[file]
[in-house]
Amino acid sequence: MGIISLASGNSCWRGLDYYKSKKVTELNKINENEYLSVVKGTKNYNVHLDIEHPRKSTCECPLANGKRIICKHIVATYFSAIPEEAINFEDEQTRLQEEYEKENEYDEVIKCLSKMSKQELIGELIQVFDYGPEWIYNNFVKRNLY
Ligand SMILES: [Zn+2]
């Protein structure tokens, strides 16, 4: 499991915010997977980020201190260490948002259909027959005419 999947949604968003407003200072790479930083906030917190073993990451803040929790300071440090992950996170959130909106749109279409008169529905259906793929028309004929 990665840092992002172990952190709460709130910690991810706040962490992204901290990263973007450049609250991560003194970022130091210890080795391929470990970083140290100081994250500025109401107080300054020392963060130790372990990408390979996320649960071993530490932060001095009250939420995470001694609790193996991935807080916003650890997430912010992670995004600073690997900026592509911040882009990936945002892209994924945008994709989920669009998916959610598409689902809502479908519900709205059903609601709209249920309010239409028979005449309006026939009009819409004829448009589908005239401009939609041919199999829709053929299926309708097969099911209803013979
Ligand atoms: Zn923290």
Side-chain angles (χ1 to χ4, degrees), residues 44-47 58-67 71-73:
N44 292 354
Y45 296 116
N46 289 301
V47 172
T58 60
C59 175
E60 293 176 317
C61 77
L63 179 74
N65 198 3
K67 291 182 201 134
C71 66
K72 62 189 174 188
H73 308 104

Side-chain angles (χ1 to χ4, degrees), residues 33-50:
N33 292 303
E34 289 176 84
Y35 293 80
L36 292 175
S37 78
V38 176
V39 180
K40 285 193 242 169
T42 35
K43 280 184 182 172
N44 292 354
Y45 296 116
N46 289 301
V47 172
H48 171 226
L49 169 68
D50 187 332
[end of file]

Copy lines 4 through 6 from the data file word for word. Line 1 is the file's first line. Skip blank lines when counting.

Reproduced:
């Protein structure tokens, strides 16, 4: 499991915010997977980020201190260490948002259909027959005419 999947949604968003407003200072790479930083906030917190073993990451803040929790300071440090992950996170959130909106749109279409008169529905259906793929028309004929 990665840092992002172990952190709460709130910690991810706040962490992204901290990263973007450049609250991560003194970022130091210890080795391929470990970083140290100081994250500025109401107080300054020392963060130790372990990408390979996320649960071993530490932060001095009250939420995470001694609790193996991935807080916003650890997430912010992670995004600073690997900026592509911040882009990936945002892209994924945008994709989920669009998916959610598409689902809502479908519900709205059903609601709209249920309010239409028979005449309006026939009009819409004829448009589908005239401009939609041919199999829709053929299926309708097969099911209803013979
Ligand atoms: Zn923290």
Side-chain angles (χ1 to χ4, degrees), residues 44-47 58-67 71-73: